“Mozart’s Transylvanian Pupil” Josepha Palm: Possible connections and narratives


  • Emese Sófalvi Pregătirea în domeniul Teologiei la Facultatea de Teologie Reformată și Muzică Universitatea Babeș-Bolyai, Cluj-Napoca


Josepha Palm, Mozart reception, maecenas, Transylvania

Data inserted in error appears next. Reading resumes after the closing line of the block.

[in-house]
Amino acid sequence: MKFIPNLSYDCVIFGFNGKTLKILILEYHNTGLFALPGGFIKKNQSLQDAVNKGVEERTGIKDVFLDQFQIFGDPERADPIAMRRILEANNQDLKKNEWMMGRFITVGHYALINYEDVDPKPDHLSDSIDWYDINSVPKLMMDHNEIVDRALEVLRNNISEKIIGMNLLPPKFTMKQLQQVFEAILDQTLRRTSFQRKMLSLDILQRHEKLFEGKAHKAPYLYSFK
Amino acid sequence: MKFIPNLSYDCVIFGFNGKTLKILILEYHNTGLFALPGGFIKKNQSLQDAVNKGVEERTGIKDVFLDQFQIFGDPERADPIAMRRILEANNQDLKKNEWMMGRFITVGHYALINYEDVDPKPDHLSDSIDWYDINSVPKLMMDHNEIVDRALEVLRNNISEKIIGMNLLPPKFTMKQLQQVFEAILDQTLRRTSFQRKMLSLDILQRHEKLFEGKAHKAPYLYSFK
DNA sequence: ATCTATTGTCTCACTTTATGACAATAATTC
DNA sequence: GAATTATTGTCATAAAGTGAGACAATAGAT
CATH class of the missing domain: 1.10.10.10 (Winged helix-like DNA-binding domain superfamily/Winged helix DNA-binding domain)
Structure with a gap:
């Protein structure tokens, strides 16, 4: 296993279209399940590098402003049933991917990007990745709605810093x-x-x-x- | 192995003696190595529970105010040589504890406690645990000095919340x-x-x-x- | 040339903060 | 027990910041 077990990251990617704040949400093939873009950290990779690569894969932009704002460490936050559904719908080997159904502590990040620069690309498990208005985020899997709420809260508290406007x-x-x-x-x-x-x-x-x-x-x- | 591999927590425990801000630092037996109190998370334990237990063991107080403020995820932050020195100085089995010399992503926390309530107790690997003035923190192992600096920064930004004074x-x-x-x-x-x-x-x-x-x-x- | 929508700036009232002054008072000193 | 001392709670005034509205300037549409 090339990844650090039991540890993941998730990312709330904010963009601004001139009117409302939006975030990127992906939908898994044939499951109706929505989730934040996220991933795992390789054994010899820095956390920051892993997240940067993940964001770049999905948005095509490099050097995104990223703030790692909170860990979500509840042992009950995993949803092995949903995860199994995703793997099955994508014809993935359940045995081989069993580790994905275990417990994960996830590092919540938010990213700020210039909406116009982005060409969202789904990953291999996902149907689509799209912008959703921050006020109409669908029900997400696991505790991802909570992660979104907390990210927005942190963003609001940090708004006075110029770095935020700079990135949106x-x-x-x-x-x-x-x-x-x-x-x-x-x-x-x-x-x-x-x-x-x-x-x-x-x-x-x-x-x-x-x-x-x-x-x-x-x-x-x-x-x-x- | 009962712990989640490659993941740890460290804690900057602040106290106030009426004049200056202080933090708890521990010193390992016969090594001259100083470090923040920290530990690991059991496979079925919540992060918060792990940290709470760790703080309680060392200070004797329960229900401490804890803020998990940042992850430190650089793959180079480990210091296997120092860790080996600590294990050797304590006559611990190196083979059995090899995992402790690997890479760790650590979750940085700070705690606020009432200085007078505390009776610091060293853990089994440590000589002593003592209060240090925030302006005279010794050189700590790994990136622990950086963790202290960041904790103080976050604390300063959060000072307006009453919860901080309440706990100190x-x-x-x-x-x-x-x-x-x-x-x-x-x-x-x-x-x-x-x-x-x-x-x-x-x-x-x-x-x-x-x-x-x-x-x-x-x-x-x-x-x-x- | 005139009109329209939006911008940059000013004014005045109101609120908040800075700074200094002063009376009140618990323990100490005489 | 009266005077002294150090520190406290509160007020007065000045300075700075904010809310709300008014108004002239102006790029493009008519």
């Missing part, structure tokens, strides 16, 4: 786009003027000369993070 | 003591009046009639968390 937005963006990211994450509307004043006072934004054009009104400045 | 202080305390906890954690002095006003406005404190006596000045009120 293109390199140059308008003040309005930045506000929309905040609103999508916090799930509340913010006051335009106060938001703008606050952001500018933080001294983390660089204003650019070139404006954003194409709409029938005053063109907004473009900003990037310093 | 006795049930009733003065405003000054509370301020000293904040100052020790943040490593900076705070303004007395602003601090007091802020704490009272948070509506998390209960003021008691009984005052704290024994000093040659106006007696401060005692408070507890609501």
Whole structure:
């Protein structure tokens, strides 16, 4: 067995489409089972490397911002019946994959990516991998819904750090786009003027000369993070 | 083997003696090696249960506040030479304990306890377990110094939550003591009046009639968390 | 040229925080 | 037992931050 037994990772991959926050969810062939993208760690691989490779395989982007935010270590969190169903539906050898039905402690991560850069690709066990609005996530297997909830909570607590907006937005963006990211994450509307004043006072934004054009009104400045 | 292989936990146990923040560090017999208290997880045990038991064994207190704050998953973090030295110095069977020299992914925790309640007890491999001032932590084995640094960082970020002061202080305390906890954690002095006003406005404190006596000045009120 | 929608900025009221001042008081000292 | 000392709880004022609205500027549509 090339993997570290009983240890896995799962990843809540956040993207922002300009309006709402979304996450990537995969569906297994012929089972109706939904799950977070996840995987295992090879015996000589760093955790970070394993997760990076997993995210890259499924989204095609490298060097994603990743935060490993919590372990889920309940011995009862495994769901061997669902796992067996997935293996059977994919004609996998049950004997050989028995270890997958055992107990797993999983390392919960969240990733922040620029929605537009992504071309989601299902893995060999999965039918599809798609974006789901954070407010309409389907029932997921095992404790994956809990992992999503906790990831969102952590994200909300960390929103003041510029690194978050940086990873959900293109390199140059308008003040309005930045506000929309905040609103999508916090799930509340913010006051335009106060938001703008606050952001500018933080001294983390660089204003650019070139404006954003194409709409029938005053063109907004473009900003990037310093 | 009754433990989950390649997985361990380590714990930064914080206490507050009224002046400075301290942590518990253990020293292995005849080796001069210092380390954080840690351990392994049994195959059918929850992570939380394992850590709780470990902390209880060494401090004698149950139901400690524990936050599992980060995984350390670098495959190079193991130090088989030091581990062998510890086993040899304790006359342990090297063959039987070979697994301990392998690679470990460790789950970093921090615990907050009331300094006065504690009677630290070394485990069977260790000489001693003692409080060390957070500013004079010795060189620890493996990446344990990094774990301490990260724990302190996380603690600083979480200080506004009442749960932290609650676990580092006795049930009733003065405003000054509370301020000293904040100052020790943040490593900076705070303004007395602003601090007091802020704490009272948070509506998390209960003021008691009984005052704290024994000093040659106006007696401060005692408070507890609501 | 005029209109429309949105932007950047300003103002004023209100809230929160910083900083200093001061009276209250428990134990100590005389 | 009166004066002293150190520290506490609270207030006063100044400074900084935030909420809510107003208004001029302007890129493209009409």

The musical culture of Transylvania changed in significant ways at the turn of the nineteenth century; with the government moving to Cluj-Napoca (Kolozsvár, Klausenburg), the city became a cultural centre of Western standards. Theatre performances, musical academies, and Viennese-style chamber music concerts became popular among the region’s Hungarian nobility, especially among the close circle of the Governor, Count Georg Bánffy. One contemporary source indicates that his Viennese wife Josepha (née Palm, 1754, Vienna–1816, Cluj-Napoca) was a pupil of Wolfgang Amadeus Mozart. Countess Bánffy introduced the cultural practices typical of her native town to Cluj. Josepha Palm supported German-speaking theatre groups and became a Maecenas to the local Kleinmeisters, strongly influencing the reception in Transylvania of the works of Viennese composers in general, and of Mozart in particular.